Personal Injury | 2022-09-01 10:00:06
How to Determine Damages in a Personal Injury Case
A personal injury
case can leave your head spinning. Between doctors’ appointments, medical expenses, lost income, and added stress, you may be left wondering what your next steps should be.
In Washington state, there are two courts that handle personal injury cases: district or superior court, depending on the number of damages at issue. Your attorney can identify which court should hear your case.
Most people that are involved in a car accident
may wonder how much their case is worth. Luckily, the attorneys at Anderson Law | Injury Attorneys have a proven track record in successfully guiding their clients through personal injury cases from start to finish. Let our team help you recover the compensation you deserve.
The first step in proving fault is establishing whether or not the other driver was negligent. Negligence is characterized by a person’s failure to exercise the degree of care that an ordinary person would have exhibited in the same situation.
In order to prove negligence, the following four components must be satisfied:
- Duty: the defendant (the party being sued) had a duty to exercise reasonable care;
- Breach: the defendant broke that duty through an act or omission;
- Causation: the injury to the plaintiff (injured party) was a foreseeable consequence of the defendant’s actions; and
- Damages: as a result of the defendant’s actions, the plaintiff has suffered injuries.
If one of these four components is not met, then the defendant may have grounds for the plaintiff’s case to be dismissed.
Once you can prove the other party’s liability, then your attorney can present evidence of any damages, or losses, that you suffered as a result of the defendant’s actions.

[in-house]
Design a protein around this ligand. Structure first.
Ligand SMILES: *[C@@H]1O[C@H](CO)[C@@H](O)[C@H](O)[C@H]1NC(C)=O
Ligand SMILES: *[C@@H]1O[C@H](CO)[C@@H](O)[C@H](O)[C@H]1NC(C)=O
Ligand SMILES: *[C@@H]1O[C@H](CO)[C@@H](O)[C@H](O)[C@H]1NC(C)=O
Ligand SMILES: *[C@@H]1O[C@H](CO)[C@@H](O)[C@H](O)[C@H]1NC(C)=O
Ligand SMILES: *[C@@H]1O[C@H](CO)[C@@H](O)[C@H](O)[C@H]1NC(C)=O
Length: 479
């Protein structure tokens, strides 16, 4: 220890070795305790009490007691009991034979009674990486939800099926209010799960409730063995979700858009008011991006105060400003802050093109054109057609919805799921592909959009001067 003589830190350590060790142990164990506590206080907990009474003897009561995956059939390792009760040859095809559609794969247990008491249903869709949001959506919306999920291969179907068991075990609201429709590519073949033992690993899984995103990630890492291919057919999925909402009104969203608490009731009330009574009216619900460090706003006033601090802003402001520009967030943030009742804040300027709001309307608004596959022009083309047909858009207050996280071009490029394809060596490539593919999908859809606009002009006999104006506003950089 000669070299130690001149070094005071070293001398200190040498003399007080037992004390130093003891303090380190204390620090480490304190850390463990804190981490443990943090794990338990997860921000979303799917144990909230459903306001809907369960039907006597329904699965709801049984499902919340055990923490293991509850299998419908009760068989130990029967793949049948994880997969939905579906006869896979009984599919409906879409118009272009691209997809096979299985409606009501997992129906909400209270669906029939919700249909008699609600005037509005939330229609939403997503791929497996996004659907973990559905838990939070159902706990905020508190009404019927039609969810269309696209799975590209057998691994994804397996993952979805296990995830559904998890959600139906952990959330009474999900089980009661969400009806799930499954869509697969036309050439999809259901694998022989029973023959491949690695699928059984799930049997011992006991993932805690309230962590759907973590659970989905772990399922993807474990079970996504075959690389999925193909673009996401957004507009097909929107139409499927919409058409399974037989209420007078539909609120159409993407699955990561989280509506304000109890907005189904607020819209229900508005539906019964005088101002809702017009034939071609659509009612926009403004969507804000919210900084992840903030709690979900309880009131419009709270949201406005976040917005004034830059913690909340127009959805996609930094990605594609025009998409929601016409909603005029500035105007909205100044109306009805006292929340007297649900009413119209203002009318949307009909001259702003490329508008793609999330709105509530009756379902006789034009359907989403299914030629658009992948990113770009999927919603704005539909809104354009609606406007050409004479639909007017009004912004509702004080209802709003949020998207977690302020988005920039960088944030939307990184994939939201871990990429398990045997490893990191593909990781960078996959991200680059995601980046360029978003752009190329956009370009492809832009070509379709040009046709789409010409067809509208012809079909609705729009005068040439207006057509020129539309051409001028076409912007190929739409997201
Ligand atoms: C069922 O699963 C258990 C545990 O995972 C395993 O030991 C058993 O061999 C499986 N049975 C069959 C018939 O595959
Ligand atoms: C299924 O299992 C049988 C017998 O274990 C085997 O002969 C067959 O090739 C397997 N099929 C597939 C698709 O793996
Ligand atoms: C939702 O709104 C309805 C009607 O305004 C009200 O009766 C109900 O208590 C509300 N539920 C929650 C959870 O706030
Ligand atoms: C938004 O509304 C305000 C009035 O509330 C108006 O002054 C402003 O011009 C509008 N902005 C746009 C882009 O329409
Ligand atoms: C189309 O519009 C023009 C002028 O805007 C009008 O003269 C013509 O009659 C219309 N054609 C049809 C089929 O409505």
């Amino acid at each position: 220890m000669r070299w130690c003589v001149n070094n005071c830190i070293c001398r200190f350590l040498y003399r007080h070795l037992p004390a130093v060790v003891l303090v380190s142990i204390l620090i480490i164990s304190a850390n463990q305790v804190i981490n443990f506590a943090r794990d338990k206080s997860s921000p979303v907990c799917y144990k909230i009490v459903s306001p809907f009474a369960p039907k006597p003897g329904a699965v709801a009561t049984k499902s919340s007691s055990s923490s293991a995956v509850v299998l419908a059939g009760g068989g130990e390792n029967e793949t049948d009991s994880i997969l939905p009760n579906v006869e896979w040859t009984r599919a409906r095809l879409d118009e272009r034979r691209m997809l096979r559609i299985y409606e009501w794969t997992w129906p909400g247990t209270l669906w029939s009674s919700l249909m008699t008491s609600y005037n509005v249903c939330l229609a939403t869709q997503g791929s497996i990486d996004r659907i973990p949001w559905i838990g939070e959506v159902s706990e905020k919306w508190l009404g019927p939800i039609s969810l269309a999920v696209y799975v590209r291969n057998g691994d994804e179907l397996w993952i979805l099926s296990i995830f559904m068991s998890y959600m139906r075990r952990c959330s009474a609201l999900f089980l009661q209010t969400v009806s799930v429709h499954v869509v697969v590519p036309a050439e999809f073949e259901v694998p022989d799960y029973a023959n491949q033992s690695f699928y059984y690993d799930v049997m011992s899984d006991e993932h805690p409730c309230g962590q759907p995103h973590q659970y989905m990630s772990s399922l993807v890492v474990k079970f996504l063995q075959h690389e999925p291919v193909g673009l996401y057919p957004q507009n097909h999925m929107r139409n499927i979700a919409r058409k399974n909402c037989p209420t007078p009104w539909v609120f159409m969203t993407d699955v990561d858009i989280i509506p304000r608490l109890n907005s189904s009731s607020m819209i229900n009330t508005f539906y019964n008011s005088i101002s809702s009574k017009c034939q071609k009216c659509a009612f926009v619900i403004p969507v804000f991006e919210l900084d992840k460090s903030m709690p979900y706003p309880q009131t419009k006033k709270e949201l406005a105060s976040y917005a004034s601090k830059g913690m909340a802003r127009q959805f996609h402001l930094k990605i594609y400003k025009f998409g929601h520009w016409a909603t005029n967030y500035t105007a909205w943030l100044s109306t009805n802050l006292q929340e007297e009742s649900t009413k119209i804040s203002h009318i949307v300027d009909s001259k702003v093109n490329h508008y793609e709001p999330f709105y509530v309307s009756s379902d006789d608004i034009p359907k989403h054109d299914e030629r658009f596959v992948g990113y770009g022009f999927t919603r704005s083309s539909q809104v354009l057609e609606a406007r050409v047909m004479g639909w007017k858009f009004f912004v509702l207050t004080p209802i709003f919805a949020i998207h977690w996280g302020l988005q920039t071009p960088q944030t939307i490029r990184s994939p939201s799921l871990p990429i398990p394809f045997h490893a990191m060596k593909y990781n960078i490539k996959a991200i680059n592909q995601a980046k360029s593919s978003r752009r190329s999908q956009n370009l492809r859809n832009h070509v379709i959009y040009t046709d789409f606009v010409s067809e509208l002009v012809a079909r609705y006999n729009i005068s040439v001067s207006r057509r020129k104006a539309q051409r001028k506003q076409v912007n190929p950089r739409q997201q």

The two main categories in which you are normally eligible for compensation are special and general damages.
Special damages are tangible and can be easily given a monetary value. Given that special damages are easily quantifiable, they are often referred to as “economic damages.”
Special damages include:
- Lost wages
- Lost earning capacity
- Past and future medical bills
- Long-term care
- Property damage
General damages refer to any intangible injuries that are not as easily quantifiable but have inhibited a person’s ability to live a normal life. Considering that general damages affect a person’s quality of life instead of their pocketbook, they are often referred to as “non-economic damages.” In Washington state, general damages are commonly called “pain and suffering” damages.
General damages include:
- Loss of enjoyment of life
- Mental anguish
- Loss of consortium
- Physical impairment
Can I Recover Damages If I am Partially At Fault?
In Washington state, you may receive compensation for your injuries, even if you are partially responsible for the accident.
Washington state follows the pure comparative negligence doctrine. Simply stated, this means that a claimant can collect damages even if they were mostly at fault for the accident. The contribution of fault for each party proportionally reduces the amount awarded in compensatory damages. Approximately 1/3 of the states follow this rule.
Contact a Personal Injury Attorney Near You
Anderson Law | Injury Attorneys have been proudly serving western Washington state since 2008. If you have been injured, contact our office
for a free case evaluation. We do not get paid unless you win.
The information contained on this website is intended for informational purposes only, and is not legal advice. Nothing in this website establishes an attorney-client relationship between us. Different facts can dramatically affect a legal opinion. You should consult an attorney for legal advice that pertains to your personal situation.